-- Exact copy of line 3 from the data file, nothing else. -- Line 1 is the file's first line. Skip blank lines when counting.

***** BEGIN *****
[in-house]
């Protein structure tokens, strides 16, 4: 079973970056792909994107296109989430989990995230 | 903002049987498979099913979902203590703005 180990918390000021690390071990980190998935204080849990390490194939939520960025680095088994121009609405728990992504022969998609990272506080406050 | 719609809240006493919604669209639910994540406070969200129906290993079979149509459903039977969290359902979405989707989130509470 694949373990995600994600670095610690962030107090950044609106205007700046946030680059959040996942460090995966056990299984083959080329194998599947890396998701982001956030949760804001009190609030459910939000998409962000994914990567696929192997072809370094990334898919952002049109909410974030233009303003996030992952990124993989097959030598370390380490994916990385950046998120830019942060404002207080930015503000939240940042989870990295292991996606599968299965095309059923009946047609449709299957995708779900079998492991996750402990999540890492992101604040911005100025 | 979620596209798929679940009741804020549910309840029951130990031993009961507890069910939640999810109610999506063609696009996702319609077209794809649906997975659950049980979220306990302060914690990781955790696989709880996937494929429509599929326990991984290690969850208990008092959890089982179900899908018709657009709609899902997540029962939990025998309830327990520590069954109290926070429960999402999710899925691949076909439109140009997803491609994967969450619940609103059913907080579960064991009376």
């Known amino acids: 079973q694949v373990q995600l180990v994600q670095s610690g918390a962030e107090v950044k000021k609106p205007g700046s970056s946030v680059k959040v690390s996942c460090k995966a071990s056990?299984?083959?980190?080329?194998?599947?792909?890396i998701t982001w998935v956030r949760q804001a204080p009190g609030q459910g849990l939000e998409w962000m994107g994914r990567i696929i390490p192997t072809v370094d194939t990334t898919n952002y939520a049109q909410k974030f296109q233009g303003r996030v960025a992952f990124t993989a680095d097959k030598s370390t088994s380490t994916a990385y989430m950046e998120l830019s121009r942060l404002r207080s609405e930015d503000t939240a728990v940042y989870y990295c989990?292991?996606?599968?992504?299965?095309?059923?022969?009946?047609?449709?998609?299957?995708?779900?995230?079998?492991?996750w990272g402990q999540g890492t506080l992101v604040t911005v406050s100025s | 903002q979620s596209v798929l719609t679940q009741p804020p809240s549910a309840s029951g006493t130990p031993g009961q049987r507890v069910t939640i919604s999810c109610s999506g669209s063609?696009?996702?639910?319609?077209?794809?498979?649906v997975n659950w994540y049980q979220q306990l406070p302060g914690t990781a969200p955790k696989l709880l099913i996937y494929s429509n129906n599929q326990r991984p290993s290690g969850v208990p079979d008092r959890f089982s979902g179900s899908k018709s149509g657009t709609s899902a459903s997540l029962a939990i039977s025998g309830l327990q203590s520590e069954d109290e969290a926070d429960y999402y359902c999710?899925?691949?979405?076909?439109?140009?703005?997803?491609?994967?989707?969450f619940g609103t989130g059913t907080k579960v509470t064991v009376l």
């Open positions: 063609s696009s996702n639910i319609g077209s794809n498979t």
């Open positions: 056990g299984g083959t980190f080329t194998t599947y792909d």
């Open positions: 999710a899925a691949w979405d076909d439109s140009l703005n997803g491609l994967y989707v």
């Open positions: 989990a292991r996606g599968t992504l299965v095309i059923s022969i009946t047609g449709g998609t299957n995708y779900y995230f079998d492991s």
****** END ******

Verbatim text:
């Known amino acids: 079973q694949v373990q995600l180990v994600q670095s610690g918390a962030e107090v950044k000021k609106p205007g700046s970056s946030v680059k959040v690390s996942c460090k995966a071990s056990?299984?083959?980190?080329?194998?599947?792909?890396i998701t982001w998935v956030r949760q804001a204080p009190g609030q459910g849990l939000e998409w962000m994107g994914r990567i696929i390490p192997t072809v370094d194939t990334t898919n952002y939520a049109q909410k974030f296109q233009g303003r996030v960025a992952f990124t993989a680095d097959k030598s370390t088994s380490t994916a990385y989430m950046e998120l830019s121009r942060l404002r207080s609405e930015d503000t939240a728990v940042y989870y990295c989990?292991?996606?599968?992504?299965?095309?059923?022969?009946?047609?449709?998609?299957?995708?779900?995230?079998?492991?996750w990272g402990q999540g890492t506080l992101v604040t911005v406050s100025s | 903002q979620s596209v798929l719609t679940q009741p804020p809240s549910a309840s029951g006493t130990p031993g009961q049987r507890v069910t939640i919604s999810c109610s999506g669209s063609?696009?996702?639910?319609?077209?794809?498979?649906v997975n659950w994540y049980q979220q306990l406070p302060g914690t990781a969200p955790k696989l709880l099913i996937y494929s429509n129906n599929q326990r991984p290993s290690g969850v208990p079979d008092r959890f089982s979902g179900s899908k018709s149509g657009t709609s899902a459903s997540l029962a939990i039977s025998g309830l327990q203590s520590e069954d109290e969290a926070d429960y999402y359902c999710?899925?691949?979405?076909?439109?140009?703005?997803?491609?994967?989707?969450f619940g609103t989130g059913t907080k579960v509470t064991v009376l």